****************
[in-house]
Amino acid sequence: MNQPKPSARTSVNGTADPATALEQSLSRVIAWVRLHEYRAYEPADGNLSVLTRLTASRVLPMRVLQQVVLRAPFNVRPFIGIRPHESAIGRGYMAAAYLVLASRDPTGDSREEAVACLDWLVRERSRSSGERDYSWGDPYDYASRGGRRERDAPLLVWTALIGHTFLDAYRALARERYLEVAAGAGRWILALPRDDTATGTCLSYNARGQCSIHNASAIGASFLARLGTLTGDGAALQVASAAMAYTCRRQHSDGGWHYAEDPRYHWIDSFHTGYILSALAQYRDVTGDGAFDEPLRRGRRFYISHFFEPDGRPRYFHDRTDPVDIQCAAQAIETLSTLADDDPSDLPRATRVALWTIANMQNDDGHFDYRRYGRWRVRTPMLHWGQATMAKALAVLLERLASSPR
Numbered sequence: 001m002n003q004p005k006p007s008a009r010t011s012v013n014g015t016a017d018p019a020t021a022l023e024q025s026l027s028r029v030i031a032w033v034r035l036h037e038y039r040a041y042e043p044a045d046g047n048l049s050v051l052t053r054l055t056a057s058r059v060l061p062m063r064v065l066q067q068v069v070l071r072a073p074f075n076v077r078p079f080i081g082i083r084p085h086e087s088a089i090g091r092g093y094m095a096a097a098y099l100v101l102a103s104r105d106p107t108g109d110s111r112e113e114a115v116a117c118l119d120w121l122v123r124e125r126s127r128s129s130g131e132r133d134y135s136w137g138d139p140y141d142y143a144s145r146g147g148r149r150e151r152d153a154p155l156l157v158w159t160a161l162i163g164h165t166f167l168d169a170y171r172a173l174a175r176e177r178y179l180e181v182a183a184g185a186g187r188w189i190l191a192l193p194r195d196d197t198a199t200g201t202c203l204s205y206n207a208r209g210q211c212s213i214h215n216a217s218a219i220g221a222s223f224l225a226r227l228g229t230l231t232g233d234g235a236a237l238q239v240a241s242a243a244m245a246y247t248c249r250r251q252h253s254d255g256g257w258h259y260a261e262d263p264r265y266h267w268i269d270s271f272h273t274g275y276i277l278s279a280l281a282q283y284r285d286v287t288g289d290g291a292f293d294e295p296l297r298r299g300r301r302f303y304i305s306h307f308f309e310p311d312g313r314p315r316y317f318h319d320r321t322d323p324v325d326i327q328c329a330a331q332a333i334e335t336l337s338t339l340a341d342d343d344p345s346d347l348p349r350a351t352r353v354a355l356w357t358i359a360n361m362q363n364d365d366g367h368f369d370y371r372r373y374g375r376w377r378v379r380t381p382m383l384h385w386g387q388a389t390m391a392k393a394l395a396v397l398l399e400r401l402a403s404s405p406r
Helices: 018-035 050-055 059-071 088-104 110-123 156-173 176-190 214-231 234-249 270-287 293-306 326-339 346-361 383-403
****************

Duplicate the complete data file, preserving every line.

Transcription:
[in-house]
Amino acid sequence: MNQPKPSARTSVNGTADPATALEQSLSRVIAWVRLHEYRAYEPADGNLSVLTRLTASRVLPMRVLQQVVLRAPFNVRPFIGIRPHESAIGRGYMAAAYLVLASRDPTGDSREEAVACLDWLVRERSRSSGERDYSWGDPYDYASRGGRRERDAPLLVWTALIGHTFLDAYRALARERYLEVAAGAGRWILALPRDDTATGTCLSYNARGQCSIHNASAIGASFLARLGTLTGDGAALQVASAAMAYTCRRQHSDGGWHYAEDPRYHWIDSFHTGYILSALAQYRDVTGDGAFDEPLRRGRRFYISHFFEPDGRPRYFHDRTDPVDIQCAAQAIETLSTLADDDPSDLPRATRVALWTIANMQNDDGHFDYRRYGRWRVRTPMLHWGQATMAKALAVLLERLASSPR
Numbered sequence: 001m002n003q004p005k006p007s008a009r010t011s012v013n014g015t016a017d018p019a020t021a022l023e024q025s026l027s028r029v030i031a032w033v034r035l036h037e038y039r040a041y042e043p044a045d046g047n048l049s050v051l052t053r054l055t056a057s058r059v060l061p062m063r064v065l066q067q068v069v070l071r072a073p074f075n076v077r078p079f080i081g082i083r084p085h086e087s088a089i090g091r092g093y094m095a096a097a098y099l100v101l102a103s104r105d106p107t108g109d110s111r112e113e114a115v116a117c118l119d120w121l122v123r124e125r126s127r128s129s130g131e132r133d134y135s136w137g138d139p140y141d142y143a144s145r146g147g148r149r150e151r152d153a154p155l156l157v158w159t160a161l162i163g164h165t166f167l168d169a170y171r172a173l174a175r176e177r178y179l180e181v182a183a184g185a186g187r188w189i190l191a192l193p194r195d196d197t198a199t200g201t202c203l204s205y206n207a208r209g210q211c212s213i214h215n216a217s218a219i220g221a222s223f224l225a226r227l228g229t230l231t232g233d234g235a236a237l238q239v240a241s242a243a244m245a246y247t248c249r250r251q252h253s254d255g256g257w258h259y260a261e262d263p264r265y266h267w268i269d270s271f272h273t274g275y276i277l278s279a280l281a282q283y284r285d286v287t288g289d290g291a292f293d294e295p296l297r298r299g300r301r302f303y304i305s306h307f308f309e310p311d312g313r314p315r316y317f318h319d320r321t322d323p324v325d326i327q328c329a330a331q332a333i334e335t336l337s338t339l340a341d342d343d344p345s346d347l348p349r350a351t352r353v354a355l356w357t358i359a360n361m362q363n364d365d366g367h368f369d370y371r372r373y374g375r376w377r378v379r380t381p382m383l384h385w386g387q388a389t390m391a392k393a394l395a396v397l398l399e400r401l402a403s404s405p406r
Helices: 018-035 050-055 059-071 088-104 110-123 156-173 176-190 214-231 234-249 270-287 293-306 326-339 346-361 383-403